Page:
Logistics Partnerships in Peace Operations

Vehicles are unloaded from an airplane in Freetown, Sierra Leone, to be deployed to Ebola-affected countries as part of the UN Mission for Ebola Emergency Response (UNMEER). November 8, 2014. (UN Photo/Ari Gaitanis)

Logistics support is both critical to the safety and health of peacekeepers and vital to success at every stage of a peace operation—especially in the high-threat environments where both UN and regional peace operations are increasingly deployed. Contemporary peace operations are based on logistics partnerships, with support provided by a range of actors including states, international organizations, and commercial contractors.

This report focuses on logistics partnerships that support UN operations and regional peace operations in Africa. Drawing on two UN missions and fifteen regional operations in Africa, it describes, compares, and traces the evolution of these two kinds of logistics partnerships and provides recommendations for improving them. For UN operations, it recommends that the UN:

  • Adapt its existing administrative and logistics policies and procedures to the realities of high-threat environments and determine whether new policies and procedures are required;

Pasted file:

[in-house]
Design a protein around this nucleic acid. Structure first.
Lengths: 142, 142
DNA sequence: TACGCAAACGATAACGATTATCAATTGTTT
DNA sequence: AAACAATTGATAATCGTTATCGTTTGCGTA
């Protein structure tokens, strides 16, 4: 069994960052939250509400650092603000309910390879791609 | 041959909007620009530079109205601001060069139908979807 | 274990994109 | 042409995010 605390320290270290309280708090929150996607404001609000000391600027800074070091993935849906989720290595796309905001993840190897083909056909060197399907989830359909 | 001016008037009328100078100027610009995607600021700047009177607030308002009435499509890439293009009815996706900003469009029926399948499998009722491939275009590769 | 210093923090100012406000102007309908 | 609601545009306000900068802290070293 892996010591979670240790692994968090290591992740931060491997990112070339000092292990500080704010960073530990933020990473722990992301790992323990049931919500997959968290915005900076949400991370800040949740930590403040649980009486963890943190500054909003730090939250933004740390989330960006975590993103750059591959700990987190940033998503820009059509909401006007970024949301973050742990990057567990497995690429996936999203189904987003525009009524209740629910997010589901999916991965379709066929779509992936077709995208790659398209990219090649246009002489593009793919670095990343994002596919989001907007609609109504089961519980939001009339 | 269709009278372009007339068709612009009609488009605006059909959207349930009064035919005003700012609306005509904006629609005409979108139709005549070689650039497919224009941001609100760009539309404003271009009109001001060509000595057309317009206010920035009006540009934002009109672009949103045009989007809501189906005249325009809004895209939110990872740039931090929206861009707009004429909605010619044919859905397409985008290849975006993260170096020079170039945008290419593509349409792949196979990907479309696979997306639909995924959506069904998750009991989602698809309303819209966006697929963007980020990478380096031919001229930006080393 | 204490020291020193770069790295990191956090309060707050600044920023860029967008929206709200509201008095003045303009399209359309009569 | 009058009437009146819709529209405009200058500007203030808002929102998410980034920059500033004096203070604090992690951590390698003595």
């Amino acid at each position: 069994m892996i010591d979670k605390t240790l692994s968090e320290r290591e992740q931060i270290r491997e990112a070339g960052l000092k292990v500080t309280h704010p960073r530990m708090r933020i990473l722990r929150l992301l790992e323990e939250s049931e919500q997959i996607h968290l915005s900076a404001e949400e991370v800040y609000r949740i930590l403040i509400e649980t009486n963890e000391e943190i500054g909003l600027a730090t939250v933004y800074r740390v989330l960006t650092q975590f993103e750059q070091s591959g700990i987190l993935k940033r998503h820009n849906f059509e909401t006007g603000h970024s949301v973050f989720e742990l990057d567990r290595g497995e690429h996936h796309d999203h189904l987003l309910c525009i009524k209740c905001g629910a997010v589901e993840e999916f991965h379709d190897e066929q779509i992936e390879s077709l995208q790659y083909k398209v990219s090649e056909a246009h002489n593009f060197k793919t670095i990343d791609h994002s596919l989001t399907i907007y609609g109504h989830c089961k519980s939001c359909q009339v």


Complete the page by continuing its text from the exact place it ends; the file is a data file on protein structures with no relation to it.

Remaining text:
• Leverage logistics partnerships with previous or parallel regional operations;
  • Explore ways to improve inter-mission cooperation; and
  • Continue to focus on enhancing the logistics self-reliance of missions, including by ensuring that internal partners have adequate logistics personnel and assets and incentives to deploy them.

For regional peace operations in Africa, it recommends that external logistics partners:

  • Clarify when regional operations can receive funding for logistics support;
  • Explore cooperation arrangements with external partner states;
  • Increase coordination to avoid duplication of efforts and identify gaps; and
  • Continue to build the AU Commission’s capacity to support missions.

IPI would like to thank the French Ministry of Defence’s Directorate General for International Relations and Strategy and the government of Norway for making this publication possible.